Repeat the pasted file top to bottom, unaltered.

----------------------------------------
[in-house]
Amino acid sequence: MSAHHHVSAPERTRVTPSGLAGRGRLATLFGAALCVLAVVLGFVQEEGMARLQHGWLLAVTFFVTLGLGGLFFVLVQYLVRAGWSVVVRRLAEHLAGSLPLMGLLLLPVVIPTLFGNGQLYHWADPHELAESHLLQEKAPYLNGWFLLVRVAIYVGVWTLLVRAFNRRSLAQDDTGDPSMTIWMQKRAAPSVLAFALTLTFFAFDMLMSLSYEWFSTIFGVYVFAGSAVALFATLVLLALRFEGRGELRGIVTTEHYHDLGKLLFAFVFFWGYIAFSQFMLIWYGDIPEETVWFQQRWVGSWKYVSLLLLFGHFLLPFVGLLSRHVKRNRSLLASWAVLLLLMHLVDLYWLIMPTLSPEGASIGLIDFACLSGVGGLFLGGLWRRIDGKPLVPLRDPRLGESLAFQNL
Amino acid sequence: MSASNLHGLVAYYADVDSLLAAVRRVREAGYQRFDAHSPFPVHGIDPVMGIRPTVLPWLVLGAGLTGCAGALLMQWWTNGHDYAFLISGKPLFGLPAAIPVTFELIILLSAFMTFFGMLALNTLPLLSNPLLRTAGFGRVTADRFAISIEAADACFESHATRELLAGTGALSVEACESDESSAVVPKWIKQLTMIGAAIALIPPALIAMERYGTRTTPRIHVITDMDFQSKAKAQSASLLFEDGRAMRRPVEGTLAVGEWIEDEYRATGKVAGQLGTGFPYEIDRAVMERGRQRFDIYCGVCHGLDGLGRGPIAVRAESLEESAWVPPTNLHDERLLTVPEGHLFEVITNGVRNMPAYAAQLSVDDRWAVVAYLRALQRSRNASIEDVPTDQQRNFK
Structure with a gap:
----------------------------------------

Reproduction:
[in-house]
Amino acid sequence: MSAHHHVSAPERTRVTPSGLAGRGRLATLFGAALCVLAVVLGFVQEEGMARLQHGWLLAVTFFVTLGLGGLFFVLVQYLVRAGWSVVVRRLAEHLAGSLPLMGLLLLPVVIPTLFGNGQLYHWADPHELAESHLLQEKAPYLNGWFLLVRVAIYVGVWTLLVRAFNRRSLAQDDTGDPSMTIWMQKRAAPSVLAFALTLTFFAFDMLMSLSYEWFSTIFGVYVFAGSAVALFATLVLLALRFEGRGELRGIVTTEHYHDLGKLLFAFVFFWGYIAFSQFMLIWYGDIPEETVWFQQRWVGSWKYVSLLLLFGHFLLPFVGLLSRHVKRNRSLLASWAVLLLLMHLVDLYWLIMPTLSPEGASIGLIDFACLSGVGGLFLGGLWRRIDGKPLVPLRDPRLGESLAFQNL
Amino acid sequence: MSASNLHGLVAYYADVDSLLAAVRRVREAGYQRFDAHSPFPVHGIDPVMGIRPTVLPWLVLGAGLTGCAGALLMQWWTNGHDYAFLISGKPLFGLPAAIPVTFELIILLSAFMTFFGMLALNTLPLLSNPLLRTAGFGRVTADRFAISIEAADACFESHATRELLAGTGALSVEACESDESSAVVPKWIKQLTMIGAAIALIPPALIAMERYGTRTTPRIHVITDMDFQSKAKAQSASLLFEDGRAMRRPVEGTLAVGEWIEDEYRATGKVAGQLGTGFPYEIDRAVMERGRQRFDIYCGVCHGLDGLGRGPIAVRAESLEESAWVPPTNLHDERLLTVPEGHLFEVITNGVRNMPAYAAQLSVDDRWAVVAYLRALQRSRNASIEDVPTDQQRNFK
Structure with a gap: